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NC Department of Health and Human Services
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Website Style Guide:
Chapter 1: Required Elements for All DHHS Websites

Branding | Date Stamp | Format | Page Titles | Search Engine | Disclaimer | Forbidden Elements | Governance | Required Elements Checklist | Style Guide Home

(Note, review of new content has moved to chapter 2)

1.1 Branding

At minimum, all websites in the department must have proper branding for the department on the home page. That includes use of the official DHHS logo and the name of the department. The name can be part of the logo, or in words placed near the logo. The logo needs to be a link to the DHHS home page. (Go to the logo gallery.)

A website is considered a “separate” website when any of the following apply: (1) the format changes considerably, (2) the top level navigation scheme changes, and/or (3) the URL changes.

Placement of the logo is flexible, but upper left is preferable. In any case, the logo should appear “above the fold.” That is, visible on the screen when viewed at a typical browser setting.

At a minimum, all websites in the department must clearly depict which division they are part of and link to that division from the home page.

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1.2 Date Stamp

A date stamp should appear on the bottom of every web page.

If this date stamp is created with JavaScript, it should degrade gracefully for site visitors with JavaScript turned off.

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1.3 Format

Font sizes and styles must remain consistent across the site.

Navigation should appear on every page, and high level navigation should be consistent across the site. A “home” link is essential.

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1.4 Page Titles

The title tag is very important. Title tags specify the title of your Web page and are required on all pages. They are used when a page is bookmarked and in search results. Descriptive page titles are essential! Here are some guidelines:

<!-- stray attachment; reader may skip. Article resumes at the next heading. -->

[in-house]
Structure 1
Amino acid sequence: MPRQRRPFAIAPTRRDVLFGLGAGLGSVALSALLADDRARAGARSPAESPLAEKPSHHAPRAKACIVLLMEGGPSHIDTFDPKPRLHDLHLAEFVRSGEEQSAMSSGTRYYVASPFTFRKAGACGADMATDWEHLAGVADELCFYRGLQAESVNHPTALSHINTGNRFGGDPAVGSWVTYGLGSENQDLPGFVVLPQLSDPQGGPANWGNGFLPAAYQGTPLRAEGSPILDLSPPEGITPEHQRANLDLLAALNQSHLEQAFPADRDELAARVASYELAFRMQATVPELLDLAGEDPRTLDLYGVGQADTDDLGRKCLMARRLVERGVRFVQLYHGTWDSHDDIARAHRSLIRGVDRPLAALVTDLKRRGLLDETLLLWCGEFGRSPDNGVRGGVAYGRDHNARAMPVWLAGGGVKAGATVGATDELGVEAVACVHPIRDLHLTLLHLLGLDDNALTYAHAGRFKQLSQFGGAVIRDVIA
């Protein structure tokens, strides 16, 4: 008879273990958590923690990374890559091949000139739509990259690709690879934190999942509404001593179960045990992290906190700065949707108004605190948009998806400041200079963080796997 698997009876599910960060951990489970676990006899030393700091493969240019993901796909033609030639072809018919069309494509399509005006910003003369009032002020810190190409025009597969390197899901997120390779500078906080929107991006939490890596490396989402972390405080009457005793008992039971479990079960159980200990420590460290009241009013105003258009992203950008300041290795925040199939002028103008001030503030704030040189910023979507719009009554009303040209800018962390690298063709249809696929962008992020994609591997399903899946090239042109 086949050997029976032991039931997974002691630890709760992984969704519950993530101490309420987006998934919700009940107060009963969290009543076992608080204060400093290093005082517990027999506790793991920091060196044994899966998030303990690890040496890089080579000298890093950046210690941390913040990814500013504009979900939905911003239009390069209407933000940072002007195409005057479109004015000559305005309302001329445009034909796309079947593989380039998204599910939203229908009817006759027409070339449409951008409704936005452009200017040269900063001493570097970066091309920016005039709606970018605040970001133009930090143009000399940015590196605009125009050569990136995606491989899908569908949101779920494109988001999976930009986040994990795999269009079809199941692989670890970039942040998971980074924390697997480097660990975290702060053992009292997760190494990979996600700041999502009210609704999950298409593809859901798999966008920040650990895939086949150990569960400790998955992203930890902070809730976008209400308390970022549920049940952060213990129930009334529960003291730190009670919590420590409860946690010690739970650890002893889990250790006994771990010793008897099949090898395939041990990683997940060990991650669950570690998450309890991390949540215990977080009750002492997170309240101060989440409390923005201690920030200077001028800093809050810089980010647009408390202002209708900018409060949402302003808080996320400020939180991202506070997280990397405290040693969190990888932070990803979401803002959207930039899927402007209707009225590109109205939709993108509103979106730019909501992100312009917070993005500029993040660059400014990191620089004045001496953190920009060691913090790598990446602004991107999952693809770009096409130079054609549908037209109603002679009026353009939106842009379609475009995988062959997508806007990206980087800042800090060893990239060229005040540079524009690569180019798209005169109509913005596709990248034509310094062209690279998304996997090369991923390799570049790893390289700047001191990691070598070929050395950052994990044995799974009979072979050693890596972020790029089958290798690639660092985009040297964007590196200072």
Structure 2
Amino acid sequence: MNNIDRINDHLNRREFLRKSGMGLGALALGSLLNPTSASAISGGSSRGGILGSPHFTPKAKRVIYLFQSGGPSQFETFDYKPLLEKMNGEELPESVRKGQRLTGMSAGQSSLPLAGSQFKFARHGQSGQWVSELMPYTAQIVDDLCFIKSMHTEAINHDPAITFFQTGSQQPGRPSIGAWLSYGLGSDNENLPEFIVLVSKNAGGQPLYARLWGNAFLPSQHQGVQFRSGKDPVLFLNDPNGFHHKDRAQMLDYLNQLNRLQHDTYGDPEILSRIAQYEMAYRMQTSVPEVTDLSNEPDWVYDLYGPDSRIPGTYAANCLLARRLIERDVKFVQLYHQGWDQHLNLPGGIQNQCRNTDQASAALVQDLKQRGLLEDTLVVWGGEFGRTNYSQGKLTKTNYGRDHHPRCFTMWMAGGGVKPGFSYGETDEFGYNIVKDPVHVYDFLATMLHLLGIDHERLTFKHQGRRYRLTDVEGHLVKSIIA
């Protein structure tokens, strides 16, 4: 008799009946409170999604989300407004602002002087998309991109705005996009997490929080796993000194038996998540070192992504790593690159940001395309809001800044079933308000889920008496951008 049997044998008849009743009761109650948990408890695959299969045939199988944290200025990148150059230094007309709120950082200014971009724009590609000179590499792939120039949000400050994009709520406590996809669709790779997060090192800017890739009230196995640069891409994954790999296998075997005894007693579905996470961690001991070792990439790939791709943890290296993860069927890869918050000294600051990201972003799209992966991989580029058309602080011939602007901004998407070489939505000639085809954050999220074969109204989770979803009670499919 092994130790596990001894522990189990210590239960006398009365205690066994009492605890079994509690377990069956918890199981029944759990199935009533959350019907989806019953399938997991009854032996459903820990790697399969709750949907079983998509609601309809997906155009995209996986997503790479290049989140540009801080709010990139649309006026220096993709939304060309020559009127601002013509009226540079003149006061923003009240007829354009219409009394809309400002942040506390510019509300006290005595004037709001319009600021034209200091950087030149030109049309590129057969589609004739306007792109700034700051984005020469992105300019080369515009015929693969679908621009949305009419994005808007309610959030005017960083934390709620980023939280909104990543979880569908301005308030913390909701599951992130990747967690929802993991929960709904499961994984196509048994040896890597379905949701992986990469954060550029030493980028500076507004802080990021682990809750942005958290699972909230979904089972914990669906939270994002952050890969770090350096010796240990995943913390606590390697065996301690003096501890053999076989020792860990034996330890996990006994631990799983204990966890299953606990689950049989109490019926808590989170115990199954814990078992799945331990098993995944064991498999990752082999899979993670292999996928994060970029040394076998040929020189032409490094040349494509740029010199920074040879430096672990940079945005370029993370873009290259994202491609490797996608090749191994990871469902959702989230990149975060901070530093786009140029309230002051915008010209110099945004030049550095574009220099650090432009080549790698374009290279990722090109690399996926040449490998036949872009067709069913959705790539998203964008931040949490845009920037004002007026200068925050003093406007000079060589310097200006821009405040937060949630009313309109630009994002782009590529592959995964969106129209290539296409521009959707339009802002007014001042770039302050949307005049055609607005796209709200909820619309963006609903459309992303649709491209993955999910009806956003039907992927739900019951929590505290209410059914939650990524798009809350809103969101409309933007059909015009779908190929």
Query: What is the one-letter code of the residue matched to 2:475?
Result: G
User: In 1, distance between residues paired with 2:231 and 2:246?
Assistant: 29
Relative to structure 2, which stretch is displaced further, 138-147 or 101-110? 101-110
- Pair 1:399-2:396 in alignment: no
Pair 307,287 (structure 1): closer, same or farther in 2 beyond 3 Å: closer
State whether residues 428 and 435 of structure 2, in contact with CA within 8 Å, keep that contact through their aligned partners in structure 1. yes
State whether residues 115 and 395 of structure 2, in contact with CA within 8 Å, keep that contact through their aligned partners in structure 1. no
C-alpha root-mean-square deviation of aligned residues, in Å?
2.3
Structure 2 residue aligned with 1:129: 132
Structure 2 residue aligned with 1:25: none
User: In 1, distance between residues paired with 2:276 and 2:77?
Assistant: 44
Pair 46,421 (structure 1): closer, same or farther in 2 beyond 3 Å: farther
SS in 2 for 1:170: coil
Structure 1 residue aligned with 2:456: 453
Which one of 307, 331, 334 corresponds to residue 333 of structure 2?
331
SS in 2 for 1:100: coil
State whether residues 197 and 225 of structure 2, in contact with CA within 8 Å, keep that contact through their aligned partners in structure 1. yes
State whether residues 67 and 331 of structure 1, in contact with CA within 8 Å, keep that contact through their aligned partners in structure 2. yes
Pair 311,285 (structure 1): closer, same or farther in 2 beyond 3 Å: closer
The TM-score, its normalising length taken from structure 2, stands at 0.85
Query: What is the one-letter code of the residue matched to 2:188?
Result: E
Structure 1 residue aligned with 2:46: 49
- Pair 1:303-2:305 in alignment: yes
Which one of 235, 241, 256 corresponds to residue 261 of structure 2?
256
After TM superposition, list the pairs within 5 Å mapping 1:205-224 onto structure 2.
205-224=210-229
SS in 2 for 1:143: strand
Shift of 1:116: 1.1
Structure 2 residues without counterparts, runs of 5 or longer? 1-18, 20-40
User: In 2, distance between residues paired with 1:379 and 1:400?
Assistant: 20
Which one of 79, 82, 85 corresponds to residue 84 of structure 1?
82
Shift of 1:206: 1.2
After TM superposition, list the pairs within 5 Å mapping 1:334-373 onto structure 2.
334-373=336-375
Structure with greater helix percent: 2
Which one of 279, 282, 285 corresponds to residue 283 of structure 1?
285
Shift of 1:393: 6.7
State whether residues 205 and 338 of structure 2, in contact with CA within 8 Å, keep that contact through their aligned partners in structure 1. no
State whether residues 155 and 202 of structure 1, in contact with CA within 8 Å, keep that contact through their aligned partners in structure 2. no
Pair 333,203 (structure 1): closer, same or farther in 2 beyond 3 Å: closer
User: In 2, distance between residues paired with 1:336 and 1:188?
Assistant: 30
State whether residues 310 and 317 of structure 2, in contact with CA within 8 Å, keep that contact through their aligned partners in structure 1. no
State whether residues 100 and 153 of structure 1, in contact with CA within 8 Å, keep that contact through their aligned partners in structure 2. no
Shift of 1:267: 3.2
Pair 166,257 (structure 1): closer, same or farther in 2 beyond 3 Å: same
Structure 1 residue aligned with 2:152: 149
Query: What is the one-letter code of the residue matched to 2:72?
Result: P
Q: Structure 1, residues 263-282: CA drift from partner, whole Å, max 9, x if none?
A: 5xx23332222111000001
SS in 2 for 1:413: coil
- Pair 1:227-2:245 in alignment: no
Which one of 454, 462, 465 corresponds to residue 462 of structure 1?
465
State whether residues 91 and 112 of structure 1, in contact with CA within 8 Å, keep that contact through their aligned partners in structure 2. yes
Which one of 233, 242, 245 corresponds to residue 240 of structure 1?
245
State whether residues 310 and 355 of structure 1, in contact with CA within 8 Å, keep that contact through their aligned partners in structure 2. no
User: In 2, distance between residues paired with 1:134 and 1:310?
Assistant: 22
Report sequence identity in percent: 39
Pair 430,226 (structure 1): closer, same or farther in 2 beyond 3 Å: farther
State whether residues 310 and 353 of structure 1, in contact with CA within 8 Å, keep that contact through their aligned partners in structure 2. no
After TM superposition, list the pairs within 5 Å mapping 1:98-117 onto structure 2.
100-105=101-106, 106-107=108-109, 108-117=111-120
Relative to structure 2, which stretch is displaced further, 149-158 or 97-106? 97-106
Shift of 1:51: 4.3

Titles should be up to 64 characters in length, but shorter is often better.

All upper level DHHS pages begin with “NC DHHS: Short Title”. All division/office pages should follow the same convention: NC Division Acronym: Short Title. The section may or may not be employed:

Examples:

  • NC DSS: Adoption
  • NC DPH Epi: Rabies

Administrative divisions should begin with "NC DHHS", since functions such as Human Resources and Controller are not unique to this department.

Examples:

  • NC DHHS Controller Home page
  • NC DHHS DIRM: Technology Library

Each page on the website should have a unique title.

Examples:

  • NC OES: Governor Morehead School Home Page
  • NC OES: Governor Morehead School Outreach
  • NC OES: Governor Morehead School Outreach Core Curriculum

Use plain language that is descriptive, wherever possible, to enhance the ability of the page to be found by commercial search engines.

Example:

NC DCD: Find child care

NOT

NC DCD: Search for a Facility

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1.5 Search

The DHHS search tool will be placed on every website in the department, with the possible exception of branded sites. The words “Search DHHS” should be the label. If it is impractical to place the search on every web page of any given website, it should be placed on the home page and top navigation pages.

Search is optional for branded sites.

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1.6 Disclaimer

All home pages in the department shall have a link to the DHHS disclaimer at www.ncdhhs.gov/disclaimer.htm. This link can be at the bottom of the home page and in a small font.

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1.7 Forbidden Elements

At no time should a counter be placed on any page. Page statistics are available from the website host.

At no time should a “coming soon” or “under construction” page be placed on a website. Create a web page only when the material is written and ready for the web.

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1.8 Governance

Content Managers are assigned by Division Directors to keep an eye on their website(s). They are the division director's "eyes and ears" for their web presence. Whether a division or office has one or many websites, a content manager keeps tabs on it to make sure it meets departmental standards. All division websites have a single Content Manager. The Content Manager may or may not be the person who initiates changes.

Public Information Officers (PIOs) in the DHHS Office of Public Affairs are the last review before new or substantially revised material is placed on any of our departmental websites. PIOs are communication professionals who also are aware of departmental issues and concerns that may not be apparent to division staff. They understand matters of style and can edit text for clarity. The website is our most public publication, and thus PIOs should be in the loop for most website changes.

A complete registry of all Content Managers and PIOs for every departmental website is available at www.ncdhhs.gov/redesignproject.

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1.9 Required Elements Snapshot

The Website Style Guide and Web Standards are the resource for webmasters, content managers, and public information officers as they create, edit and review web pages. This checklist is distilled from them, but does not replace them.

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